Chemistry at UCC
Summary of Page Options
Areas of Chemistry
Chemistry is traditionally divided into four sub-disciplines.
- Organic Chemistry deals with molecules formed predominantly from carbon, hydrogen, oxygen, and nitrogen bonds. Owing to the strength of carbon-carbon bonds, the range and diversity of organic molecules is enormous – literally millions of molecules have been identified.
- Inorganic Chemistry deals with molecules composed of other elements and where carbon-carbon bonds are not as important. Typical examples are many salts, metals, semiconductors, and nanomaterials.
- Analytical Chemistry has the function of the analysis and quantification of chemical components of a sample. Chemical analysis is increasingly important to ensure the quality of manufactured goods, and in monitoring pollutant concentrations in our air, water, and food. Very low amounts of pollutants (such as mercury or dioxins) can harm human health or the environment.
- Physical Chemistry describes the physical properties, energies, and spectra of all types of molecules (whether organic or inorganic), and how rapidly chemical reactions occur. Physical chemists typically use spectroscopy or computational methods to study molecules, surfaces, and chemical reactions.
While the traditional divisions in chemistry remain important, much of the most exciting scientific research is interdisciplinary in nature. The central status of chemistry means that it intersects with many other scientific and technical fields including physics, biology, pharmacology, materials science, environmental science, and engineering. Indeed, chemistry is absolutely essential to advancing our knowledge at the borders between these disciplines and to produce solutions to contemporary problems. Research groups in the School of Chemistry collaborate closely with many groups in other departments to form a strong core of interdisciplinary research. We have particularly strong interdisciplinary research in materials and nanotechnology, pharmaceutical chemistry, and environmental research.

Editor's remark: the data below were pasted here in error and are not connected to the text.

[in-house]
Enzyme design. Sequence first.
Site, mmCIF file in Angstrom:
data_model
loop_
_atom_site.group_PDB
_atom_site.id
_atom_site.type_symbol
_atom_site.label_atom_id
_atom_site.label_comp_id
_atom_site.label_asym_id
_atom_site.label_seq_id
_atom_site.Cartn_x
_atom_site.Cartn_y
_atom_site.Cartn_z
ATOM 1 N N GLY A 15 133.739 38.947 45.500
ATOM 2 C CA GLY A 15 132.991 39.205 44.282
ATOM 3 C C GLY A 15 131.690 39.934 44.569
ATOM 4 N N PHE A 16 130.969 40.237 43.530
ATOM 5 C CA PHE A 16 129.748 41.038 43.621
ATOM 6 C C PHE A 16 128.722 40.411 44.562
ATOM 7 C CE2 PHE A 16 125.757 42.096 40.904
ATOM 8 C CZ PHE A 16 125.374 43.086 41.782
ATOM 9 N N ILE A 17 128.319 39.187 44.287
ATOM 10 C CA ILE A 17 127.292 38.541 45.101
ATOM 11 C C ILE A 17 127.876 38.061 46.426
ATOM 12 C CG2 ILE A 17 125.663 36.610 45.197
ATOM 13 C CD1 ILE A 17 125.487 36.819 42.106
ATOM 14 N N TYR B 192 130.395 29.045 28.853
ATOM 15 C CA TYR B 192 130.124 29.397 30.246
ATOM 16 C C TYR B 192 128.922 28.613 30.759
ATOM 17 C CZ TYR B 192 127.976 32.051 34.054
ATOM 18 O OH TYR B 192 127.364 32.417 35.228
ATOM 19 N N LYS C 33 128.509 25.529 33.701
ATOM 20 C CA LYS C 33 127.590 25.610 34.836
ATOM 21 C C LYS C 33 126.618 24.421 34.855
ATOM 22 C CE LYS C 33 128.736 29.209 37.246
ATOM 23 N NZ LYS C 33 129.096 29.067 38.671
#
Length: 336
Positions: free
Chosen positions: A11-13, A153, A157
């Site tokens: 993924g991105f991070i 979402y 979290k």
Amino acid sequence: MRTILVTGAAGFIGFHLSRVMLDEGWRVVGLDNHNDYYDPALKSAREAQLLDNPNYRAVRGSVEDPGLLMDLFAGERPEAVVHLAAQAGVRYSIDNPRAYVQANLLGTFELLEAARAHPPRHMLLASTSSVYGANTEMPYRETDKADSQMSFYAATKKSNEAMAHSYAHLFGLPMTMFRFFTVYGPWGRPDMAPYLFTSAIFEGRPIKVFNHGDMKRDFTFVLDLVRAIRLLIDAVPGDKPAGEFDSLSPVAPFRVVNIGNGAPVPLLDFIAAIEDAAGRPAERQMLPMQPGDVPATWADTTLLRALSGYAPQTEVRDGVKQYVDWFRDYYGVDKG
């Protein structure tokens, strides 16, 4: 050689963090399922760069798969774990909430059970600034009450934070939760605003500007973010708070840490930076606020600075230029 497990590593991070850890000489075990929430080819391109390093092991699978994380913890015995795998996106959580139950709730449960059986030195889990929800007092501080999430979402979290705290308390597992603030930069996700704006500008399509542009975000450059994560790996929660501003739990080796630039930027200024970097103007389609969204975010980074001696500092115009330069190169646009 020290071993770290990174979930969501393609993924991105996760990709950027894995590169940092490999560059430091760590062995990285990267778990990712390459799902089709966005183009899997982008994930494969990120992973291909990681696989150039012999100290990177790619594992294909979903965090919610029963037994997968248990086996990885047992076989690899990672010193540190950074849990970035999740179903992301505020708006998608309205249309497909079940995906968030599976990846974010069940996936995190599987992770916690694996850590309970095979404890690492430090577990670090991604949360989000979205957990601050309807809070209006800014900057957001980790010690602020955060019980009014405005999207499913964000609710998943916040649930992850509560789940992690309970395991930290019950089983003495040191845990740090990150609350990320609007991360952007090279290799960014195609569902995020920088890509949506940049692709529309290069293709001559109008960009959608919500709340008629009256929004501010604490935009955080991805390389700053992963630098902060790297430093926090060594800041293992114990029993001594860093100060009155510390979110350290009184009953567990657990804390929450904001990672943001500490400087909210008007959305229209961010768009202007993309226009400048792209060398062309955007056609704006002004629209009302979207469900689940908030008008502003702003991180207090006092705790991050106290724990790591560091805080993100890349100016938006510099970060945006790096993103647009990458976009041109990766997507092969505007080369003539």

One of the strengths of the School of Chemistry at UCC is the strong exposure our undergraduate students get to the four core sub-disciplines in chemistry. At the same time, our extensive interdisciplinary work gives our students a wider perspective on the central role of chemistry in cutting-edge science and technology. We believe that this broad and deep training in the molecular structure of nature allows our students to decide which parts of chemistry most interest them, and hence to make informed choices about how to develop their career further.
Careers in Chemistry
Chemistry provides a scientific understanding of the fundamental properties and behaviour of all matter. As such, chemistry forms the basis of many hitech industries, including the pharmaceutical and advanced materials industries, and new, emerging fields such as fuel cells, biosensors, and thin film technology. The breadth of the subject means that chemistry is essential in most areas of science and technology and there is a broad spectrum of career options for chemistry graduates.
Chemistry graduates from University College Cork are in high demand in Ireland and abroad. Few industries are more profitable, pay as well and are as recession proof as the pharmaceutical and chemical industries and these continue to be growing sectors in the economy. All these sectors rely heavily on chemistry graduates for their future growth. Chemists are employed in product development and process research, quality control and assurance, as well as environmental monitoring and control. A chemistry degree also teaches the skills required in areas as diverse as electronic manufacturing, the food industry, and government laboratories.
In addition, most chemical companies offer in-house training in management, finance control, sales and patents, and careers may be developed in non-chemistry directions. Careers in teaching, hospitals, management or business are all possible for chemistry graduates, who are known for their analytical, numerical, and practical training. Many of our graduates find that they want to contribute actively to expanding and applying scientific knowledge, and choose to pursue doctoral research.